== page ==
I have been asked to review a pre-publication proof of a book that will be published in May 2009: Evolution Rx: A Physician’s Guide to Harnessing Our Innate Capacity for Health and Healing by William Meller, MD. It offers “a primal yet radical new view of why we act and feel the way we do, why we get sick and how we heal. This new perspective, known as evolutionary medicine, looks at how our Stone Age ancestors lived, loved, got sick and got well over millions of years, which leads to guidelines for living longer healthier and happier lives today.”
He says we are the way we are because that’s what it took to adapt and survive throughout our evolutionary history. To some extent, that’s true, but that’s not the whole story. Sometimes we are the way we are because of an accident of evolutionary history that had no bearing on survival. Sometimes we are the way we are because a useless trait was linked to a useful one and came along for the ride – what Stephen Jay Gould referred to as “spandrels.”
The problem with evolutionary explanations is that we can never know for sure if they are true. We may be inventing “Just So Stories” like Rudyard Kipling’s “How the Camel Got His Hump.” Our explanation may seem perfectly reasonable but we may not have all the information and there may be a better explanation that simply doesn’t occur to us.
There are also pitfalls in trying to determine how our Stone Age ancestors lived. The evidence is spotty. It is tempting to think we should try to live more like they did, but that doesn’t necessarily follow. Stone Age women had fewer menstrual cycles during their lifetime because of constant pregnancies and breastfeeding – does that really mean that we should suppress menstruation in women today? Maybe, maybe not.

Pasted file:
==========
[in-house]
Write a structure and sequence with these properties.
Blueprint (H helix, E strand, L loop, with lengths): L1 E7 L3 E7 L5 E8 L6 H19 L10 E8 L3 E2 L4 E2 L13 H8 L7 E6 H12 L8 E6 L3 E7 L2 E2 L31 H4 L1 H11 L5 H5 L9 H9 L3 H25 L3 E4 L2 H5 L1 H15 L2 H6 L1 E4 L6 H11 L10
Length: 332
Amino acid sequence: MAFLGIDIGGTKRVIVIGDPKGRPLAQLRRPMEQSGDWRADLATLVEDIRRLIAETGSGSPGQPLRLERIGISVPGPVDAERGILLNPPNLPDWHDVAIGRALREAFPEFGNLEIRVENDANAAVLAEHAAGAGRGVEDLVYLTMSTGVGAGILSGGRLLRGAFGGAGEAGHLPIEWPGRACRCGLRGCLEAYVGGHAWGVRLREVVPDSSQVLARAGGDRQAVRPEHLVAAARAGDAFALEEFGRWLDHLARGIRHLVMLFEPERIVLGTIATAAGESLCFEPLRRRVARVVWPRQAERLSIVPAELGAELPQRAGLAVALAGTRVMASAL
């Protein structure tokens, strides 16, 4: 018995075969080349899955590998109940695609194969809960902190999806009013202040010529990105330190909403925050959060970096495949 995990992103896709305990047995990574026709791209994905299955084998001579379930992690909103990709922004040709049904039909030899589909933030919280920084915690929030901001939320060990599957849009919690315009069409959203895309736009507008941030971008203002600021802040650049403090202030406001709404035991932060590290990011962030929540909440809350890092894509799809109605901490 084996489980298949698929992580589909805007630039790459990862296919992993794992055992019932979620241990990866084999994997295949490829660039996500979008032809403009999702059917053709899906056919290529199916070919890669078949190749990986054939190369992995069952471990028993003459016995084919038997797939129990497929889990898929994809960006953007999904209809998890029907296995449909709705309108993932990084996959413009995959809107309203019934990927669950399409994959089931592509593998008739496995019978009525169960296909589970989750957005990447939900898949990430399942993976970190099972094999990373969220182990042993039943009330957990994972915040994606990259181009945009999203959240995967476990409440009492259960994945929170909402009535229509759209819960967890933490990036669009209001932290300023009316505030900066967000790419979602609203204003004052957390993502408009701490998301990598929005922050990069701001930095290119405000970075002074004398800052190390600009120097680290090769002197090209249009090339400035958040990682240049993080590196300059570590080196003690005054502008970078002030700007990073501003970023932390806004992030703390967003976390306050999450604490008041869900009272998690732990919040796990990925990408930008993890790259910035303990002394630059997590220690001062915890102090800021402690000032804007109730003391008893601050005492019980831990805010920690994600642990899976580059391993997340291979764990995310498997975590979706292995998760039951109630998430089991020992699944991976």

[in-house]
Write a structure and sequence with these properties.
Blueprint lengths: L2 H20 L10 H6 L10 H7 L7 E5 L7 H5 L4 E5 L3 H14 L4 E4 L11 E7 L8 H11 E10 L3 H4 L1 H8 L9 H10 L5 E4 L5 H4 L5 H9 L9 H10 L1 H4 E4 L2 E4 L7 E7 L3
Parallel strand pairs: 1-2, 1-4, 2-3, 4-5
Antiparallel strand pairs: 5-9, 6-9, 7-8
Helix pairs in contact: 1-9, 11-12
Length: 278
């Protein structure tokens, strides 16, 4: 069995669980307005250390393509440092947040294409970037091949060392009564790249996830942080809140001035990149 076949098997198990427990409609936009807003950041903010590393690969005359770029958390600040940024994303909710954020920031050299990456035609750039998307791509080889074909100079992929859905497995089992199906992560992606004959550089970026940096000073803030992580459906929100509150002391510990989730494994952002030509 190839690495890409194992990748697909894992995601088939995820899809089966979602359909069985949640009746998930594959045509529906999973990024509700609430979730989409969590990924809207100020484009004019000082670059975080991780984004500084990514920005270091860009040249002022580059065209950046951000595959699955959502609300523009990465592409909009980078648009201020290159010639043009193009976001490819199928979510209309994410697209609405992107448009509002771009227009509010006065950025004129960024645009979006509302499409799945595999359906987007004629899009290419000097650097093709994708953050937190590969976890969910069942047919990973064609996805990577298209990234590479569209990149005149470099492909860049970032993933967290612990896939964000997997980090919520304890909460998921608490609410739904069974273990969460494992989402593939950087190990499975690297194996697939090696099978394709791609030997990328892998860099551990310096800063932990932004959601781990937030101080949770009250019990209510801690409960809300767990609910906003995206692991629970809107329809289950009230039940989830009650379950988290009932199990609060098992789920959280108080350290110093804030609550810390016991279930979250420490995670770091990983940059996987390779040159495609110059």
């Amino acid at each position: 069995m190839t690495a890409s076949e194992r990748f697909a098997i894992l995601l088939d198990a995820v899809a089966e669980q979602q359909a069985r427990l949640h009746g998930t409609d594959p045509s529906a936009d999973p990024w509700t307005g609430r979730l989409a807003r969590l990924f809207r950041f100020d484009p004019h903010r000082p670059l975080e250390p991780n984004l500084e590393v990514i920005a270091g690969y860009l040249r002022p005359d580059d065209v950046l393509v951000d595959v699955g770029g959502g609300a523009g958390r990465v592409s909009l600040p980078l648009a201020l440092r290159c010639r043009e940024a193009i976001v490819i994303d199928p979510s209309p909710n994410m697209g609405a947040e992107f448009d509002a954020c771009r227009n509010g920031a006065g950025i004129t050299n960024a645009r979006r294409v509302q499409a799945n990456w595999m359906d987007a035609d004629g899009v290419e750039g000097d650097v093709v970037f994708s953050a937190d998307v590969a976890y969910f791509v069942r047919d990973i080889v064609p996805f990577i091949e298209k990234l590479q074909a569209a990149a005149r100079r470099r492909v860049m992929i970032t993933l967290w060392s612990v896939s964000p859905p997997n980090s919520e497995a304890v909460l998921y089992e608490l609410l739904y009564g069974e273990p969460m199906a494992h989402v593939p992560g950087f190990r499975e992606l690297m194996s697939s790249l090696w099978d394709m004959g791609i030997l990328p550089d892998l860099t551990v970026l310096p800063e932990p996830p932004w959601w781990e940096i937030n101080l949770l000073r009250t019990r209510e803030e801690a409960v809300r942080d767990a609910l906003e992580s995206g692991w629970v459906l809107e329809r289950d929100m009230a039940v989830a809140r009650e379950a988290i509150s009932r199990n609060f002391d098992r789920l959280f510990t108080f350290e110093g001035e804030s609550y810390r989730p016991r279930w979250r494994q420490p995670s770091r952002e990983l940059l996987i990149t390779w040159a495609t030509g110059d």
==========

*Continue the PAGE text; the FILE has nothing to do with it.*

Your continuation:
Meller offers reassuring explanations for various diseases and conditions, trying to show that they are good, not bad. Morning sickness protected the fetus from toxins in foods. Prematurely bald men looked wiser so were more likely to mate. Sickle cell trait protects from malaria. Pain helps prevent further injury. Injuries may be good for us by stimulating repair mechanisms that may also weed out cancer. ADHD evolved as a survival trait – people who weren’t focusing on one thing were more likely to notice a new thing like the tiger behind the bush.
He sees the consequences of evolution in his patients and he shares his insights with them.
I wanted to see if understanding their deep evolutionary past would help them when they sprained an ankle or struggled with diabetes. It didn’t take long to see the effect… patients develop[ed] an entirely new outlook… followed by positive and dramatic changes.
So he says. But he offers no evidence.
Do we really need to explain the evolutionary history of obesity, or is it enough to tell obese patients what I used to tell them: “There’s nothing wrong with you; in fact there’s something very right. If you and I were in a famine situation, you would be more likely to survive. Unfortunately when food is abundant, your calorie-conserving abilities become a detriment.”